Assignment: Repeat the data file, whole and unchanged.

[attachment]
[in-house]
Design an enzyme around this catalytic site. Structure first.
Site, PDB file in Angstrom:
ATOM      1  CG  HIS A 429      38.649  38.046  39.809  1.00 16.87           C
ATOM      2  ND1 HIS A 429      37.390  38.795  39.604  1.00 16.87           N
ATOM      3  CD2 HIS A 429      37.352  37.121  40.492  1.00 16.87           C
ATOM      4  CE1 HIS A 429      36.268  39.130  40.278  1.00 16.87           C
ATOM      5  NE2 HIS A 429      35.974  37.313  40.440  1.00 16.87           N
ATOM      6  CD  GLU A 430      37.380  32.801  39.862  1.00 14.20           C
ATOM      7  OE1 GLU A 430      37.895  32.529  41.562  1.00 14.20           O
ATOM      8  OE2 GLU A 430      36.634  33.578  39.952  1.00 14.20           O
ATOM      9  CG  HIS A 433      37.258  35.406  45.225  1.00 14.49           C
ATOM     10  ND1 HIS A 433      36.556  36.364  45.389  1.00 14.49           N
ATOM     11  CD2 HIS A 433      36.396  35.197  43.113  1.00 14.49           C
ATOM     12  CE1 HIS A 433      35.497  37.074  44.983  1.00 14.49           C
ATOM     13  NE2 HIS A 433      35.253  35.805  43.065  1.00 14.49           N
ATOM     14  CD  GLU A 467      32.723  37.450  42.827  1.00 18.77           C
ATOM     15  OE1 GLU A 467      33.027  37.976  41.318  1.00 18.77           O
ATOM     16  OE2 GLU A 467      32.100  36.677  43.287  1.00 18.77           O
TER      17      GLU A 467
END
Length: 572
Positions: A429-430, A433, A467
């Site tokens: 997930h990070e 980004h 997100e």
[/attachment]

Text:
[in-house]
Design an enzyme around this catalytic site. Structure first.
Site, PDB file in Angstrom:
ATOM      1  CG  HIS A 429      38.649  38.046  39.809  1.00 16.87           C
ATOM      2  ND1 HIS A 429      37.390  38.795  39.604  1.00 16.87           N
ATOM      3  CD2 HIS A 429      37.352  37.121  40.492  1.00 16.87           C
ATOM      4  CE1 HIS A 429      36.268  39.130  40.278  1.00 16.87           C
ATOM      5  NE2 HIS A 429      35.974  37.313  40.440  1.00 16.87           N
ATOM      6  CD  GLU A 430      37.380  32.801  39.862  1.00 14.20           C
ATOM      7  OE1 GLU A 430      37.895  32.529  41.562  1.00 14.20           O
ATOM      8  OE2 GLU A 430      36.634  33.578  39.952  1.00 14.20           O
ATOM      9  CG  HIS A 433      37.258  35.406  45.225  1.00 14.49           C
ATOM     10  ND1 HIS A 433      36.556  36.364  45.389  1.00 14.49           N
ATOM     11  CD2 HIS A 433      36.396  35.197  43.113  1.00 14.49           C
ATOM     12  CE1 HIS A 433      35.497  37.074  44.983  1.00 14.49           C
ATOM     13  NE2 HIS A 433      35.253  35.805  43.065  1.00 14.49           N
ATOM     14  CD  GLU A 467      32.723  37.450  42.827  1.00 18.77           C
ATOM     15  OE1 GLU A 467      33.027  37.976  41.318  1.00 18.77           O
ATOM     16  OE2 GLU A 467      32.100  36.677  43.287  1.00 18.77           O
TER      17      GLU A 467
END
Length: 572
Positions: A429-430, A433, A467
């Site tokens: 997930h990070e 980004h 997100e």